They teach us that life is what life is; flawed.
Yet with tremendous potential for joy and fulfillment.
~Lama Surya Das~

If your path teaches you to act and exert yourself correctly and leads to spiritual realizations such as love, compassion and wisdom then obviously it's worthwhile.
~Lama Thubten Yeshe~

One whose mind is freed does not argue with anyone, he does not dispute with anyone. He makes use of the conventional terms of the world without clinging to them
~The Buddha~
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Re: Altar in Bedroom

Postby Malcolm » Fri Apr 06, 2012 1:36 pm

The Seeker wrote:Thanks for the replies.
Padma, I thought that the statues and stupas, as well as the Dharma text were to be considered Holy objects that deserve respect. I take it as it is stuff, in a store until you purchase it and it has been placed in a place of respect.
But then again, that's just a new comers understanding I guess. :shrug:

Adamantine, thank you :namaste:


Kindest wishes, Dave


You should put your alter in your living room, not in your bedroom.
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འ༔ ཨ༔ ཧ༔ ཤ༔ ས༔ མ༔

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there are none not included in the dimension of the knowledge of the Great Perfection.

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Re: Altar in Bedroom

Postby Bonsai Doug » Fri Apr 06, 2012 3:17 pm

Sometimes, we don't have the opportunity to place an altar in the most advantageous spot.
My wife is a Roman Catholic, and I have taken my Refuge Vows first from a Theravadan Monk,
and again from a Tibetan Monk. We respect each others spiritual views, so I would not impose
my altar on her by setting it up in, if you will, a "public" area of our home.

So I have placed my altar in my home-office, where I also sit meditation. You just do whatever
works for you and your situation. I know a few people who do not even have the space for an
altar, and use a simple travel altar when they practice/meditate.
Now having obtained a precious human body,
I do not have the luxury of remaining on a distracted path.

~ Tibetan Book of the Dead
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Re: Altar in Bedroom

Postby PadmaVonSamba » Fri Apr 06, 2012 6:18 pm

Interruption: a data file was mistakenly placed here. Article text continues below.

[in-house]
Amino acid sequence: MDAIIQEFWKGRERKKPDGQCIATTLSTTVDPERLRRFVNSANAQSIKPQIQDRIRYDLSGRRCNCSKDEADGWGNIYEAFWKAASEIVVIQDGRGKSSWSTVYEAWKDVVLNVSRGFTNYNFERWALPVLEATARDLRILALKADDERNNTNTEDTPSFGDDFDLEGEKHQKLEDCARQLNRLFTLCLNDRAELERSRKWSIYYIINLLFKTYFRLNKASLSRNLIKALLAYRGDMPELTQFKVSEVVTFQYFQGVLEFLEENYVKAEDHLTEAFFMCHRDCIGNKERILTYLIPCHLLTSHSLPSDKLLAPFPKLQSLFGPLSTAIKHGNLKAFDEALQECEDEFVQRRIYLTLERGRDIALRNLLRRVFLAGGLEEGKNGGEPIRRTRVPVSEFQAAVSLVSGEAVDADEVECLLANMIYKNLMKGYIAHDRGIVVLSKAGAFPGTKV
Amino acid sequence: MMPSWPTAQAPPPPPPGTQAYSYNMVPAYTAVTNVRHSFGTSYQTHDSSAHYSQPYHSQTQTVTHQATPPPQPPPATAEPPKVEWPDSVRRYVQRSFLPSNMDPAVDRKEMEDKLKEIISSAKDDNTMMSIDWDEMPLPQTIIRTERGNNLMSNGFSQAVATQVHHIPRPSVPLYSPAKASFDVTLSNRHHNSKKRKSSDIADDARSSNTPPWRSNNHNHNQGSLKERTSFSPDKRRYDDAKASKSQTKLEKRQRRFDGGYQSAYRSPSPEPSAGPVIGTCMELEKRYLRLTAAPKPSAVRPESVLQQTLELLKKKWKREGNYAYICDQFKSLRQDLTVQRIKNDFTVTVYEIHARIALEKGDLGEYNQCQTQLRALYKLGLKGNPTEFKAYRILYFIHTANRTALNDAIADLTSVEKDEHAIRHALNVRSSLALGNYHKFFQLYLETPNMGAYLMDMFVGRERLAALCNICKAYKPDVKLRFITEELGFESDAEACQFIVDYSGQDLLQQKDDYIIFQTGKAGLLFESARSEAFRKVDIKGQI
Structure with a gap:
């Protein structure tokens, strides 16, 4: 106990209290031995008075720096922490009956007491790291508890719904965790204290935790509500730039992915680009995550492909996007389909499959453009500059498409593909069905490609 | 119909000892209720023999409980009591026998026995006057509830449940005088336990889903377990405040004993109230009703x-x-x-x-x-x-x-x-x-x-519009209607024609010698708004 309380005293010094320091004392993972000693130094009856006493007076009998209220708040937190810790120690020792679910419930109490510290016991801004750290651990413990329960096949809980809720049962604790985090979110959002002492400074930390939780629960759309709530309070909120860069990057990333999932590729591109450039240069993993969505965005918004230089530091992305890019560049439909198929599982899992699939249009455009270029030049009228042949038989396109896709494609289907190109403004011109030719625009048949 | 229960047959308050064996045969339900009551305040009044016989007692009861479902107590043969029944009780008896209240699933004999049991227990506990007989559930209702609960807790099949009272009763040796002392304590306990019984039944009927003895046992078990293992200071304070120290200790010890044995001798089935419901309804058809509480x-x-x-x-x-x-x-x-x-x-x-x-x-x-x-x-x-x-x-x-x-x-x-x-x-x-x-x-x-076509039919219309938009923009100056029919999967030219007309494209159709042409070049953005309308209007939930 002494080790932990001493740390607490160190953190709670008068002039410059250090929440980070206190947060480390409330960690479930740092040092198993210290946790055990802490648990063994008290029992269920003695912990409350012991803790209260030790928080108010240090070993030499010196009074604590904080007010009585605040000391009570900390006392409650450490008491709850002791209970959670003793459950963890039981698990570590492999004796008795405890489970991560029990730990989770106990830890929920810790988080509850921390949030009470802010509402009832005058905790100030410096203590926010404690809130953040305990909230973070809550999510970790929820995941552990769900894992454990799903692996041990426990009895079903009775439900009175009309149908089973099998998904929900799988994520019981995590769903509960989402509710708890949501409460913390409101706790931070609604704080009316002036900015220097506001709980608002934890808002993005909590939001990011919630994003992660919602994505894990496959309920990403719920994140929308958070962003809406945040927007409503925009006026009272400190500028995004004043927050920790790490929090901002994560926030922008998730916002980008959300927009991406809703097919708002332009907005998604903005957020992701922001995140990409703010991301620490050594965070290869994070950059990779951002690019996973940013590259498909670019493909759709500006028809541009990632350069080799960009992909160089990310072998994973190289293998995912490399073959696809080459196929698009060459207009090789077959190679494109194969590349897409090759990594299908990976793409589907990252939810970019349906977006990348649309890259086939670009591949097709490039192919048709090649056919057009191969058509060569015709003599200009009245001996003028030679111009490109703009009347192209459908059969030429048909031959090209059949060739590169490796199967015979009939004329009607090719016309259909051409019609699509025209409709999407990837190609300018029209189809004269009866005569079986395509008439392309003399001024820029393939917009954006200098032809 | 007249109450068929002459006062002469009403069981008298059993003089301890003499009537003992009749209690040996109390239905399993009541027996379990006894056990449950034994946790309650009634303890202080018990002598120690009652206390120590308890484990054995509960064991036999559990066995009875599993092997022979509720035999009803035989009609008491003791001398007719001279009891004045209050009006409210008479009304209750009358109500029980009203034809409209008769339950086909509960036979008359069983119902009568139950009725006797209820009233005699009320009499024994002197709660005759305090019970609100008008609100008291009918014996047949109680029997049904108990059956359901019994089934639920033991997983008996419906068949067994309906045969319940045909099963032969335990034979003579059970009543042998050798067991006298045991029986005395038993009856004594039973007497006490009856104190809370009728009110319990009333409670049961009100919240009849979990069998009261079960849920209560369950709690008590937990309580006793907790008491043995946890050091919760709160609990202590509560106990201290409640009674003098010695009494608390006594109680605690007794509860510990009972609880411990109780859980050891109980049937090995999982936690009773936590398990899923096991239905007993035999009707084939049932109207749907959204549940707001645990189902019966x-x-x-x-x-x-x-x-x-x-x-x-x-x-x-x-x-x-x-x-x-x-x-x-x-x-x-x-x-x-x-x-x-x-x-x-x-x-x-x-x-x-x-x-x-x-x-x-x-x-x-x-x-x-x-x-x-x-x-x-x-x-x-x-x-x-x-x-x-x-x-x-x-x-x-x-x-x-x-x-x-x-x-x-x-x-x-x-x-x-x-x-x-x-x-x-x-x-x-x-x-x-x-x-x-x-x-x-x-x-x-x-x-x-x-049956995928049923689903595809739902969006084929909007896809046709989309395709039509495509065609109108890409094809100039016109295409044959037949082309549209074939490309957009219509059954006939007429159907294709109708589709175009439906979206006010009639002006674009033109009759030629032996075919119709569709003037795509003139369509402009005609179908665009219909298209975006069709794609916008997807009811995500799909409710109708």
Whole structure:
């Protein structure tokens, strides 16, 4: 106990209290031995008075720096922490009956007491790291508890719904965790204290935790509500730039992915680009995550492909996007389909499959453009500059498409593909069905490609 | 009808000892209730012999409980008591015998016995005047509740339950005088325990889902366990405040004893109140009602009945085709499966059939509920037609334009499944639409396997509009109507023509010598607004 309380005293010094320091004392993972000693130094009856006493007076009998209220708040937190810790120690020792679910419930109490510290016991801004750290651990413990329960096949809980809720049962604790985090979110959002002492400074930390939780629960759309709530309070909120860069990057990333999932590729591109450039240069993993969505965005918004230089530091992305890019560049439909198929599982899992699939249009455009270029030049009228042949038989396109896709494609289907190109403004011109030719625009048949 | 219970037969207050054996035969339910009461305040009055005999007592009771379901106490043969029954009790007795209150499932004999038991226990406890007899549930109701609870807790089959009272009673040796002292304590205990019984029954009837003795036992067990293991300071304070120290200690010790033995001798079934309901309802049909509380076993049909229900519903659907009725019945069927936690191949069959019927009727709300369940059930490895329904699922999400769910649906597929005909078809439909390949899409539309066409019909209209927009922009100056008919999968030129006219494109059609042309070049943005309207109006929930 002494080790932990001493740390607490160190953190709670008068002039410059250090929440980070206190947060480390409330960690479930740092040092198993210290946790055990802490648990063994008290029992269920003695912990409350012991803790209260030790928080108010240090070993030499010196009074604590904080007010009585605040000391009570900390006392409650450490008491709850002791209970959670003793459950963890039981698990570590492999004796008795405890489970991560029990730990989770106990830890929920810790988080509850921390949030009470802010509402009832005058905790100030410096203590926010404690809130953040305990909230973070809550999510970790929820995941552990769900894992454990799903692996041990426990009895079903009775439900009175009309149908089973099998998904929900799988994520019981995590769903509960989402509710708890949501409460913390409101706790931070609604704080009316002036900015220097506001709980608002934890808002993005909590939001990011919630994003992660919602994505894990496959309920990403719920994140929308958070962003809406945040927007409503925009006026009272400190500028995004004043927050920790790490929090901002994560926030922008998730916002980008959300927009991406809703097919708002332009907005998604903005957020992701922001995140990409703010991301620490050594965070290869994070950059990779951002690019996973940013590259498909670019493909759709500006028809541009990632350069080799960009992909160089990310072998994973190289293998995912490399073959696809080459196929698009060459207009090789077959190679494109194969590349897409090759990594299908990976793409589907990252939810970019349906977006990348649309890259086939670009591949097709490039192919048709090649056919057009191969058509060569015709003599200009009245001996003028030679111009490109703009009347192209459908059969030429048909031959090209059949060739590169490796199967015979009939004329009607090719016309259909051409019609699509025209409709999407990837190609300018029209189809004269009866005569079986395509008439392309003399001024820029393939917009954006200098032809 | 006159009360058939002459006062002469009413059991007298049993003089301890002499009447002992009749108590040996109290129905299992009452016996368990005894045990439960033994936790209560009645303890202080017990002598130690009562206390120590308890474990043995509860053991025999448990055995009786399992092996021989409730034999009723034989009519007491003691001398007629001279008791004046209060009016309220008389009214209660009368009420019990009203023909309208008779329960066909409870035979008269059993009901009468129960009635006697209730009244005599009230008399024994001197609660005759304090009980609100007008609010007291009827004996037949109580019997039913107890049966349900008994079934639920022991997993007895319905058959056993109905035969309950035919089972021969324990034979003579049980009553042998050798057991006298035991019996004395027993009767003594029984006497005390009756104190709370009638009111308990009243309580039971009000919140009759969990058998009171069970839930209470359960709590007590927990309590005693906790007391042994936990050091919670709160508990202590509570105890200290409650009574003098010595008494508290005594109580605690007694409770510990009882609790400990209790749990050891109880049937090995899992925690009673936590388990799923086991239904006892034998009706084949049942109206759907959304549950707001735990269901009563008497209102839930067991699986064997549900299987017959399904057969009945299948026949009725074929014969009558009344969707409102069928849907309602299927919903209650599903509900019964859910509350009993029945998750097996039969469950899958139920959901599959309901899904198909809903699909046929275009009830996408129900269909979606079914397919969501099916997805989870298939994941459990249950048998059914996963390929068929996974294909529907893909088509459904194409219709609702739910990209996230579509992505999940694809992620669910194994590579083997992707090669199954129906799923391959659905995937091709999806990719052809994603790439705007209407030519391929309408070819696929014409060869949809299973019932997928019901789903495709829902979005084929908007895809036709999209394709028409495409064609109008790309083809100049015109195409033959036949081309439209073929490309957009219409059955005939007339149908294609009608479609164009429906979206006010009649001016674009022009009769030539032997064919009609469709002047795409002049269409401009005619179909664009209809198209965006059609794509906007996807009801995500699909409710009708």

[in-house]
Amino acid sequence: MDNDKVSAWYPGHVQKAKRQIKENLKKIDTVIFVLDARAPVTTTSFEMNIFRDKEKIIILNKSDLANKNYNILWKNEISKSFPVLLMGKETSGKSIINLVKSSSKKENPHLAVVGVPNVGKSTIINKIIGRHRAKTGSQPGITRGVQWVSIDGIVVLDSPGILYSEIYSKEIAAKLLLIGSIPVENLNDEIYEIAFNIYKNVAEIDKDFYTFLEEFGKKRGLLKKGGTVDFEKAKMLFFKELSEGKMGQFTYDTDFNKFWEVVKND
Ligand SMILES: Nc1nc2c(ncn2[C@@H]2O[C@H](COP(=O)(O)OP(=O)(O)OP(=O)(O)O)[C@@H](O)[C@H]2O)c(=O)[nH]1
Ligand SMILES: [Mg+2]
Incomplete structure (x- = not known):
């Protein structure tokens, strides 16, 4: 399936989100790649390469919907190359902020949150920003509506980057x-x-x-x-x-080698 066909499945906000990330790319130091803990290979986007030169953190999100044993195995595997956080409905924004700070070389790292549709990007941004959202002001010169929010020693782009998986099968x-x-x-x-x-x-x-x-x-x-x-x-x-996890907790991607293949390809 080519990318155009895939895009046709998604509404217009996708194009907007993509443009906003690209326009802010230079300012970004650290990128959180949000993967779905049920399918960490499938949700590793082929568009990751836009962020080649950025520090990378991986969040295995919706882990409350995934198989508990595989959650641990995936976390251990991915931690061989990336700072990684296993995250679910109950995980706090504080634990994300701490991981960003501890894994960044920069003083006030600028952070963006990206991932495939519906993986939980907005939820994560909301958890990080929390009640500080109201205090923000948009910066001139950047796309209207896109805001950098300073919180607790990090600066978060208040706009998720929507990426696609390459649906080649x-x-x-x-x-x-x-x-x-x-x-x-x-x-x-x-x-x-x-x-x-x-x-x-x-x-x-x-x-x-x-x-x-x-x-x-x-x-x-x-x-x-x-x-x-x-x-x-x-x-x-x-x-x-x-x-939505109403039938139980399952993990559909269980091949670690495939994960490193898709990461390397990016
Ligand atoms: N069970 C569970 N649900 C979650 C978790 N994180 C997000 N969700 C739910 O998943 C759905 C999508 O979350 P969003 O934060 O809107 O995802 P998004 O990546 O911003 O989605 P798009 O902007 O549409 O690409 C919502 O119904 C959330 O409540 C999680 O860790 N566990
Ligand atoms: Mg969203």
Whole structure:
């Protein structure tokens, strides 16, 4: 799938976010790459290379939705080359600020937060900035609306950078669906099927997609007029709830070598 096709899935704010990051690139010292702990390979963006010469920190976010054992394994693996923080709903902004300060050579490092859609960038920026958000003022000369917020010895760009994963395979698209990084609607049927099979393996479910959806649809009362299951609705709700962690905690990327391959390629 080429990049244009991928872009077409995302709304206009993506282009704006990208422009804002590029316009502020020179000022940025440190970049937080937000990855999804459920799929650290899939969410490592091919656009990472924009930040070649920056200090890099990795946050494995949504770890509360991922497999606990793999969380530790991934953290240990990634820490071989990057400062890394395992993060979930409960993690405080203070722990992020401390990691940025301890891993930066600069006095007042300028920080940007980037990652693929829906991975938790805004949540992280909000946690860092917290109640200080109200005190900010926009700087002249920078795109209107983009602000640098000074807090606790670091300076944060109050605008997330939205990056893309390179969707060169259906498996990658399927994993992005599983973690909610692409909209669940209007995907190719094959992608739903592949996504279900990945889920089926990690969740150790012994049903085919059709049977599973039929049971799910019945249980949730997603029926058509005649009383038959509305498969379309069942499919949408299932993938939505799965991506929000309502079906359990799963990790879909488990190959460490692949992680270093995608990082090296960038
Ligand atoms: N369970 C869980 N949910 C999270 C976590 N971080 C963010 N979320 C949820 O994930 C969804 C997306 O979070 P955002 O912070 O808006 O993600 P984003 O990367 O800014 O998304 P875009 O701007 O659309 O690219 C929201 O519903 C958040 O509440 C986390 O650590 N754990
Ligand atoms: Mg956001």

I used to live in a one room apartment (3 if you count the tiny bathroom and kitchen), so everything was in one room. These days i also keep a shrine (altar) in a place in the house that is my personal area, rather than in the general living area, as my spouse is not a dharma person, and neither of us wants to have to explain to everybody who comes over, or cause anyone to feel uncomfortable.

Some people keep their shrines in cabinets with doors that close.
You might want to explore that option.

If you MUST engage in more 'intimate' activity, in a room where Buddha sits,
at least make sure he's got a good seat.
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The Chinese characters are Fo (buddha) and Ming (bright). The image is of a student of Buddhism, who, imagining himself to be a monk, and not understanding the true meaning of the words takes the sound of the words literally. Likewise, People on web forums sometime seem to be foaming at the mouth.
Original painting by P.Volker /used by permission.
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Re: Altar in Bedroom

Postby Fa Dao » Fri Apr 06, 2012 6:57 pm

Namdrol,
I have heard that before from other teachers. Why is that?
"But if you know how to observe yourself, you will discover your real nature, the primordial state, the state of Guruyoga, and then all will become clear because you will have discovered everything"-Namkhai Norbu Rinpoche
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Re: Altar in Bedroom

Postby Malcolm » Fri Apr 06, 2012 7:10 pm

Fa Dao wrote:Namdrol,
I have heard that before from other teachers. Why is that?



It is because people screw in their bedrooms.
http://www.bhaisajya.net
http://www.bhaisajya.guru
http://atikosha.org
འ༔ ཨ༔ ཧ༔ ཤ༔ ས༔ མ༔

Though there are infinite liberating gateways of Dharma,
there are none not included in the dimension of the knowledge of the Great Perfection.

-- Buddha Samantabhadri
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Re: Altar in Bedroom

Postby conebeckham » Fri Apr 06, 2012 7:40 pm

:rolling:
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Re: Altar in Bedroom

Postby Fa Dao » Fri Apr 06, 2012 7:40 pm

yeaaaah...ok..I get that. I was just wondering why that is considered bad?
"But if you know how to observe yourself, you will discover your real nature, the primordial state, the state of Guruyoga, and then all will become clear because you will have discovered everything"-Namkhai Norbu Rinpoche
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Re: Altar in Bedroom

Postby Konchog1 » Fri Apr 06, 2012 8:10 pm

Try and get doors to your altar. If you can't, it should be fine I would think.
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Without attachment, self-liberating, like a snake in a knot.
Through the qualities of meditating in that way,
Mental obscurations are purified and the dharmakaya is attained."

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Re: Altar in Bedroom

Postby Adamantine » Fri Apr 06, 2012 9:42 pm